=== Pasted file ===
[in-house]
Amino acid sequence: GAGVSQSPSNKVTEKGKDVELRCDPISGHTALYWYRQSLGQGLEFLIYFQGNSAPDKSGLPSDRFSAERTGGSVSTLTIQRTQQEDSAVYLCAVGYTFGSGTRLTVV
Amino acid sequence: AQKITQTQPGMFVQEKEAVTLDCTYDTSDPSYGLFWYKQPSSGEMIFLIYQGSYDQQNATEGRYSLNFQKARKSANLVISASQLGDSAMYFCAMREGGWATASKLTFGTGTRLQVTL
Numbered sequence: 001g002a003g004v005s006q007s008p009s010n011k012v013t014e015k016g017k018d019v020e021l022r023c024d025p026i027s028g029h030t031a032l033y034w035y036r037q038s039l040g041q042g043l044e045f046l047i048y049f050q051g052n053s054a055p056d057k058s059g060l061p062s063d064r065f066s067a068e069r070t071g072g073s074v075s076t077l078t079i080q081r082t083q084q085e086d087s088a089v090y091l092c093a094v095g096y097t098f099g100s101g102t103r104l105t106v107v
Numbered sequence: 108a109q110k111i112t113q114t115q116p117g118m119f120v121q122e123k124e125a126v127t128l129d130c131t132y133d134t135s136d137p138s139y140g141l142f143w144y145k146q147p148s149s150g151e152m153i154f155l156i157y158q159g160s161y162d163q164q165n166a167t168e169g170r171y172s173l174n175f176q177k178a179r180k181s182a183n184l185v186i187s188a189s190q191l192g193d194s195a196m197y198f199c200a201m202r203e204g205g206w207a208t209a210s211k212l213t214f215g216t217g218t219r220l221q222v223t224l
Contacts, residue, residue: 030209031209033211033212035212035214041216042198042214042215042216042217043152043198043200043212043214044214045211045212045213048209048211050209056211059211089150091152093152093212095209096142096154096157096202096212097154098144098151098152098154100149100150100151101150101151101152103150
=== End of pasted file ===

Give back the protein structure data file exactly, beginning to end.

[in-house]
Amino acid sequence: GAGVSQSPSNKVTEKGKDVELRCDPISGHTALYWYRQSLGQGLEFLIYFQGNSAPDKSGLPSDRFSAERTGGSVSTLTIQRTQQEDSAVYLCAVGYTFGSGTRLTVV
Amino acid sequence: AQKITQTQPGMFVQEKEAVTLDCTYDTSDPSYGLFWYKQPSSGEMIFLIYQGSYDQQNATEGRYSLNFQKARKSANLVISASQLGDSAMYFCAMREGGWATASKLTFGTGTRLQVTL
Numbered sequence: 001g002a003g004v005s006q007s008p009s010n011k012v013t014e015k016g017k018d019v020e021l022r023c024d025p026i027s028g029h030t031a032l033y034w035y036r037q038s039l040g041q042g043l044e045f046l047i048y049f050q051g052n053s054a055p056d057k058s059g060l061p062s063d064r065f066s067a068e069r070t071g072g073s074v075s076t077l078t079i080q081r082t083q084q085e086d087s088a089v090y091l092c093a094v095g096y097t098f099g100s101g102t103r104l105t106v107v
Numbered sequence: 108a109q110k111i112t113q114t115q116p117g118m119f120v121q122e123k124e125a126v127t128l129d130c131t132y133d134t135s136d137p138s139y140g141l142f143w144y145k146q147p148s149s150g151e152m153i154f155l156i157y158q159g160s161y162d163q164q165n166a167t168e169g170r171y172s173l174n175f176q177k178a179r180k181s182a183n184l185v186i187s188a189s190q191l192g193d194s195a196m197y198f199c200a201m202r203e204g205g206w207a208t209a210s211k212l213t214f215g216t217g218t219r220l221q222v223t224l
Contacts, residue, residue: 030209031209033211033212035212035214041216042198042214042215042216042217043152043198043200043212043214044214045211045212045213048209048211050209056211059211089150091152093152093212095209096142096154096157096202096212097154098144098151098152098154100149100150100151101150101151101152103150